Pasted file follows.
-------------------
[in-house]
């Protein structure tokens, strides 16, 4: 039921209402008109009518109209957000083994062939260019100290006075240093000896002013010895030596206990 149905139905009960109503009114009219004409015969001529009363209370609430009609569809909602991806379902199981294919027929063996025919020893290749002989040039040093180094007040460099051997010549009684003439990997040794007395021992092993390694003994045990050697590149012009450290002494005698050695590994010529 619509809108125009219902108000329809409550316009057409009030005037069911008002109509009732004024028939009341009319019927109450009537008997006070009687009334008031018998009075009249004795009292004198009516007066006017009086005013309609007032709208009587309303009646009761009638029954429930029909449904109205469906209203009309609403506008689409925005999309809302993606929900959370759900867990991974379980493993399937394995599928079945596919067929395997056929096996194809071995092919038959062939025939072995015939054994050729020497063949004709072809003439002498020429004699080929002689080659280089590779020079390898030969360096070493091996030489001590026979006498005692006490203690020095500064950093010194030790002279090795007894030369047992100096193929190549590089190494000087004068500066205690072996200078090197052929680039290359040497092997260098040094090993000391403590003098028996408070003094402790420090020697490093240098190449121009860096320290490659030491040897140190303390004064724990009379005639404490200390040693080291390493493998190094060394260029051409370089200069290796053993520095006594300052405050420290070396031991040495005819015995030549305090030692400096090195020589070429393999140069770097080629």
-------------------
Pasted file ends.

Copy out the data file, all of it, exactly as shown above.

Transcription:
[in-house]
């Protein structure tokens, strides 16, 4: 039921209402008109009518109209957000083994062939260019100290006075240093000896002013010895030596206990 149905139905009960109503009114009219004409015969001529009363209370609430009609569809909602991806379902199981294919027929063996025919020893290749002989040039040093180094007040460099051997010549009684003439990997040794007395021992092993390694003994045990050697590149012009450290002494005698050695590994010529 619509809108125009219902108000329809409550316009057409009030005037069911008002109509009732004024028939009341009319019927109450009537008997006070009687009334008031018998009075009249004795009292004198009516007066006017009086005013309609007032709208009587309303009646009761009638029954429930029909449904109205469906209203009309609403506008689409925005999309809302993606929900959370759900867990991974379980493993399937394995599928079945596919067929395997056929096996194809071995092919038959062939025939072995015939054994050729020497063949004709072809003439002498020429004699080929002689080659280089590779020079390898030969360096070493091996030489001590026979006498005692006490203690020095500064950093010194030790002279090795007894030369047992100096193929190549590089190494000087004068500066205690072996200078090197052929680039290359040497092997260098040094090993000391403590003098028996408070003094402790420090020697490093240098190449121009860096320290490659030491040897140190303390004064724990009379005639404490200390040693080291390493493998190094060394260029051409370089200069290796053993520095006594300052405050420290070396031991040495005819015995030549305090030692400096090195020589070429393999140069770097080629």